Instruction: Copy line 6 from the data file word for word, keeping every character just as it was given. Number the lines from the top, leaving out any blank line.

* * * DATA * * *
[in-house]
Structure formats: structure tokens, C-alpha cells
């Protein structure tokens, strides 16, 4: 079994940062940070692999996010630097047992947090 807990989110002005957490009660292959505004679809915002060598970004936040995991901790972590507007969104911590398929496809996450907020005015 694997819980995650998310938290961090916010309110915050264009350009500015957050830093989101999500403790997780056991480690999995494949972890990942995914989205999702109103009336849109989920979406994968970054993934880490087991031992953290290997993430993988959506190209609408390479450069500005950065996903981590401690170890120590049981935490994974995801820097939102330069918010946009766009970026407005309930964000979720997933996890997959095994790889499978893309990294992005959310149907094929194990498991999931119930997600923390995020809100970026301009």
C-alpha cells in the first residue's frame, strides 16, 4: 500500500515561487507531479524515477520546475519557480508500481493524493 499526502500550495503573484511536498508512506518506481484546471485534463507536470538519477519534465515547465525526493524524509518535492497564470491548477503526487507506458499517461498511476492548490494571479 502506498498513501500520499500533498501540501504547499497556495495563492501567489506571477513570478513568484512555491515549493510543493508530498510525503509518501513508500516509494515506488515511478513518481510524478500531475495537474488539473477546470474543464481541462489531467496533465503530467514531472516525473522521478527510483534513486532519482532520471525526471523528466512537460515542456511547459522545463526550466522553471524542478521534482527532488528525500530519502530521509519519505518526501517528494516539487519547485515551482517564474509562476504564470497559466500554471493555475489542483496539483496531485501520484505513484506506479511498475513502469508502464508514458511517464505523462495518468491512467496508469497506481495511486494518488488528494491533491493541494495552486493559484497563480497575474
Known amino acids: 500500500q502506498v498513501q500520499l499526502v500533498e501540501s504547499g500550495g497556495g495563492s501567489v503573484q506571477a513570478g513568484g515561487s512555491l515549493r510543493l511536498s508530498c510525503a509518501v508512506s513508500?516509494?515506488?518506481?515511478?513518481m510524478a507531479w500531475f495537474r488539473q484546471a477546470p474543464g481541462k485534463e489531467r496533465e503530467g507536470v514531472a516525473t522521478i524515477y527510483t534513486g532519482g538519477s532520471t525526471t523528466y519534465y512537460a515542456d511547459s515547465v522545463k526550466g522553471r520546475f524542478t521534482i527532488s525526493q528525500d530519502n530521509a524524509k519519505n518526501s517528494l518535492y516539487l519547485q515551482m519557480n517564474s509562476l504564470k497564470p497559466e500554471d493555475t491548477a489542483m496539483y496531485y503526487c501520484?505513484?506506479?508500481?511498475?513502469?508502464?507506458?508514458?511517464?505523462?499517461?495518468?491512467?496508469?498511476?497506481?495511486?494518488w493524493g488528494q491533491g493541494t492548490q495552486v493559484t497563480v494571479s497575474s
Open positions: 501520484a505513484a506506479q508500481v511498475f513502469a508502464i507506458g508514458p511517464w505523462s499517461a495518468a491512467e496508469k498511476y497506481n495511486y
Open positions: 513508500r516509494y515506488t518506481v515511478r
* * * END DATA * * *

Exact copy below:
Open positions: 501520484a505513484a506506479q508500481v511498475f513502469a508502464i507506458g508514458p511517464w505523462s499517461a495518468a491512467e496508469k498511476y497506481n495511486y